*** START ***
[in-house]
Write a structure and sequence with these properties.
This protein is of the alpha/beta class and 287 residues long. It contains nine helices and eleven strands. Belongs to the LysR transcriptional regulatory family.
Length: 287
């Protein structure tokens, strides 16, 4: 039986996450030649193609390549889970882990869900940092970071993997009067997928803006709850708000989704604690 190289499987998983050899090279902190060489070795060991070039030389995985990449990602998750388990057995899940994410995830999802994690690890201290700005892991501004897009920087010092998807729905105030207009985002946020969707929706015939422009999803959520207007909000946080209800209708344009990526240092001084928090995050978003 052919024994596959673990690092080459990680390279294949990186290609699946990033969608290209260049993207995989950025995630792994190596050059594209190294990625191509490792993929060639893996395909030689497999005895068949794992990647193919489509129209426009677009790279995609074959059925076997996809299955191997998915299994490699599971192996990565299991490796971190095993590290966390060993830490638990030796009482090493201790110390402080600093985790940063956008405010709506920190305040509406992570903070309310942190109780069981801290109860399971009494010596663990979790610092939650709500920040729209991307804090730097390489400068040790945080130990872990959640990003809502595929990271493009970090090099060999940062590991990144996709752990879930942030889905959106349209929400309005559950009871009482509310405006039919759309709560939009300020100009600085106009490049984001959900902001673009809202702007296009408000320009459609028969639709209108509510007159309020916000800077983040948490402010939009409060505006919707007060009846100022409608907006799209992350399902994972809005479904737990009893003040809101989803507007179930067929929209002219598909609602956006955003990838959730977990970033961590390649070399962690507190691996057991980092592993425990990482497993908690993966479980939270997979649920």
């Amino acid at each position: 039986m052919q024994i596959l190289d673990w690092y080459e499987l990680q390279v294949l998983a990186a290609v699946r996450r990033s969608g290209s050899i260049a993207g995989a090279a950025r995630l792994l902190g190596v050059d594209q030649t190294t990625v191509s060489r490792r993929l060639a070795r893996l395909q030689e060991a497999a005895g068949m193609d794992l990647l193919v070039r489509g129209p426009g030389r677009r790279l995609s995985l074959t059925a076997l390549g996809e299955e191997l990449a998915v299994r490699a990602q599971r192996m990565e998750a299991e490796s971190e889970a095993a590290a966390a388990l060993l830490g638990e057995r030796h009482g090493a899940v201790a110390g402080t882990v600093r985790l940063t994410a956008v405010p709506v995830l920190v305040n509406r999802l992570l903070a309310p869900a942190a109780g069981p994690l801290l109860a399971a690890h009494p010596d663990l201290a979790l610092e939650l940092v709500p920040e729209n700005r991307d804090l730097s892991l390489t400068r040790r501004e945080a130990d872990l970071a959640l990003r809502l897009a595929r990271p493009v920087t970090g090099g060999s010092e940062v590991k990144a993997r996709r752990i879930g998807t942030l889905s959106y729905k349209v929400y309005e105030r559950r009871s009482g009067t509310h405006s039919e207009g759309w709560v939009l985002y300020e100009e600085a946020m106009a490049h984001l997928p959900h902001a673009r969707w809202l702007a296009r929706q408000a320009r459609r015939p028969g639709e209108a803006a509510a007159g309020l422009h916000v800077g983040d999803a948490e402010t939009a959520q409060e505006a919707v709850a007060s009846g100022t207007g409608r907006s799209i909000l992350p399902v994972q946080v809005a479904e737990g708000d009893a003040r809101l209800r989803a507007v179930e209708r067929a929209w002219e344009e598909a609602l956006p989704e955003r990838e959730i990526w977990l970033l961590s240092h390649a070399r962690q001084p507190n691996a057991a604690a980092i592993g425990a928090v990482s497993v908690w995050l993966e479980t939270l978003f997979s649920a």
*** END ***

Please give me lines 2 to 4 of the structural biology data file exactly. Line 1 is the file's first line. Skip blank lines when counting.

Write a structure and sequence with these properties.
This protein is of the alpha/beta class and 287 residues long. It contains nine helices and eleven strands. Belongs to the LysR transcriptional regulatory family.
Length: 287